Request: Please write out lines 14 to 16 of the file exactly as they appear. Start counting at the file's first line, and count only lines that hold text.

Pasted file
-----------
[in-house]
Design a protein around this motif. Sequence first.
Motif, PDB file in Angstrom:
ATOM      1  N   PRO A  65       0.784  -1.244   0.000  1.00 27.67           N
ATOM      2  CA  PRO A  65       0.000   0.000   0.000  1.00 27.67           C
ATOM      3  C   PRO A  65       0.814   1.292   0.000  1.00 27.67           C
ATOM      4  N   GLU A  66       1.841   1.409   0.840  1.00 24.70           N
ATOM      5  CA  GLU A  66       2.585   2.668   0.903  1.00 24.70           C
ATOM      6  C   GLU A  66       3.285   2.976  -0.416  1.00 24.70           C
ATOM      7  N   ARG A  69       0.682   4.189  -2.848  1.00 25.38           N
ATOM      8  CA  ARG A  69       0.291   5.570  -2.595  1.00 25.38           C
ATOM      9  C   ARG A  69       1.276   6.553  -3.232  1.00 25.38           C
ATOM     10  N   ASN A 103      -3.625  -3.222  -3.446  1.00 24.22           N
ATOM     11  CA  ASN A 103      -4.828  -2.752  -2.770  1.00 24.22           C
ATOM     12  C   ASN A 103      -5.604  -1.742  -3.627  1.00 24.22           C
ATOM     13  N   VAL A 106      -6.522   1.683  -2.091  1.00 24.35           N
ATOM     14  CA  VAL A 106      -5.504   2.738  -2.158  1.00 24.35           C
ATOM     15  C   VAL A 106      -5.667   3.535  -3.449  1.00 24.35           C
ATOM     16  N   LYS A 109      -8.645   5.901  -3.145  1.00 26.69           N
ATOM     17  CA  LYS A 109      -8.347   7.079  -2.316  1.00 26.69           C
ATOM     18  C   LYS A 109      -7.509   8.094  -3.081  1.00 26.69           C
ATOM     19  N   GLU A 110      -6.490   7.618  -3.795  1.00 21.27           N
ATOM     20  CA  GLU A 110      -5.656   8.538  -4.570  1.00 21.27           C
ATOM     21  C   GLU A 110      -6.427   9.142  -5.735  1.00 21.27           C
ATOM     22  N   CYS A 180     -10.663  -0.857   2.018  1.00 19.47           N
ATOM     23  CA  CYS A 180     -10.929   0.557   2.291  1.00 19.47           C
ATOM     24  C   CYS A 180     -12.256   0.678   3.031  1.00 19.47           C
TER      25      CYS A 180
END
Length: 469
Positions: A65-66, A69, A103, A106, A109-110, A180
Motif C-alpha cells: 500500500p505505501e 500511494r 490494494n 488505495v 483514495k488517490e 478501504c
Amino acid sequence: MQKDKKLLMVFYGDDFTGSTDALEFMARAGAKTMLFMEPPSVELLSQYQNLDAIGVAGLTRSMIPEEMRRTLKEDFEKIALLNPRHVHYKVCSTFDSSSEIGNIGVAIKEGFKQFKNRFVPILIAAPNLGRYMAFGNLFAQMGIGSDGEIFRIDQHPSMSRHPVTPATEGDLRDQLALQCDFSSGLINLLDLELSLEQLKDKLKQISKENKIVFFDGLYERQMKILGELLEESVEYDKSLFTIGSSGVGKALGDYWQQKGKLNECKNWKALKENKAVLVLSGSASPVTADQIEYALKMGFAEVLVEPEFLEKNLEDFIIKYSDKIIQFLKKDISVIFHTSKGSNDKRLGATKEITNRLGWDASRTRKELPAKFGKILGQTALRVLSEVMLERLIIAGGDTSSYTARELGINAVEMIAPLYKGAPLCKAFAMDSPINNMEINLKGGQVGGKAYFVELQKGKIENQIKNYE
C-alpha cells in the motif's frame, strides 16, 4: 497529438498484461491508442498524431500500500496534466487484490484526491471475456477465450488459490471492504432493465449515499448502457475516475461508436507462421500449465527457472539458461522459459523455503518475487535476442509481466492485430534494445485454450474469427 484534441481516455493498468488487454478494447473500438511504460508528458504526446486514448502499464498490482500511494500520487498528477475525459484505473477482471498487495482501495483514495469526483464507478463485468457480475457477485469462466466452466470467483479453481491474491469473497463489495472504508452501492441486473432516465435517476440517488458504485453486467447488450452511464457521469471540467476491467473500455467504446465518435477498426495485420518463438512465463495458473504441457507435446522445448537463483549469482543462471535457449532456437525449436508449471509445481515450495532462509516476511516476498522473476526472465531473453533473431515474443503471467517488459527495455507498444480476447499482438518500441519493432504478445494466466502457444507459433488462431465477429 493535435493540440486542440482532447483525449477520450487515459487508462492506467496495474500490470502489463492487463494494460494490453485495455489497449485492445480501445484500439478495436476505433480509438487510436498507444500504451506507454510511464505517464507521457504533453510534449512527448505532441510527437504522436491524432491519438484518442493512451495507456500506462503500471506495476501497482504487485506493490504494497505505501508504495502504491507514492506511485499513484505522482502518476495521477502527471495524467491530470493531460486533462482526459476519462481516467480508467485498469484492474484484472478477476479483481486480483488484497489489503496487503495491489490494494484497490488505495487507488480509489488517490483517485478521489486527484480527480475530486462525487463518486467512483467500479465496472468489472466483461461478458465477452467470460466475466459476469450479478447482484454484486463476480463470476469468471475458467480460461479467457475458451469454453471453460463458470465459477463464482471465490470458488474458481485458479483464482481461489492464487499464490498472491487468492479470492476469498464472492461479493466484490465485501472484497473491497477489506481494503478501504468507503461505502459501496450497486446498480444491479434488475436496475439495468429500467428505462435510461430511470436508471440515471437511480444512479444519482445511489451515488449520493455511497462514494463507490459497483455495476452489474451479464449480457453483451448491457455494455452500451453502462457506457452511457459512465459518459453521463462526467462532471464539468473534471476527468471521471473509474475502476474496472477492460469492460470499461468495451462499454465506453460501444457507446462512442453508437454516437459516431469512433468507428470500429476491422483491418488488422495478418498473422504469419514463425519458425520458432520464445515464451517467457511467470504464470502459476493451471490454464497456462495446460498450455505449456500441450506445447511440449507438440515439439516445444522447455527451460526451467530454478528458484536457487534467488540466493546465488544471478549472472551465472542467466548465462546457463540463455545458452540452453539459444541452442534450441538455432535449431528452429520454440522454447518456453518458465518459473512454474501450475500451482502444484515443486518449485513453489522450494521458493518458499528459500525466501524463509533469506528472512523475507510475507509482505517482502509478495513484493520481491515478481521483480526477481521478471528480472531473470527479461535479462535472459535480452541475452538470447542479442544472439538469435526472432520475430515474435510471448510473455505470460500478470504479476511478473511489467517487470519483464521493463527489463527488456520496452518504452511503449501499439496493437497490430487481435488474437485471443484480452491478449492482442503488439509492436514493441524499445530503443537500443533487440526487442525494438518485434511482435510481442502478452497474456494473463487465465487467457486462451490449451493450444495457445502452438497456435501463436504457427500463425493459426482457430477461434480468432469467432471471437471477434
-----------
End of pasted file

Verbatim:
ATOM     11  CA  ASN A 103      -4.828  -2.752  -2.770  1.00 24.22           C
ATOM     12  C   ASN A 103      -5.604  -1.742  -3.627  1.00 24.22           C
ATOM     13  N   VAL A 106      -6.522   1.683  -2.091  1.00 24.35           N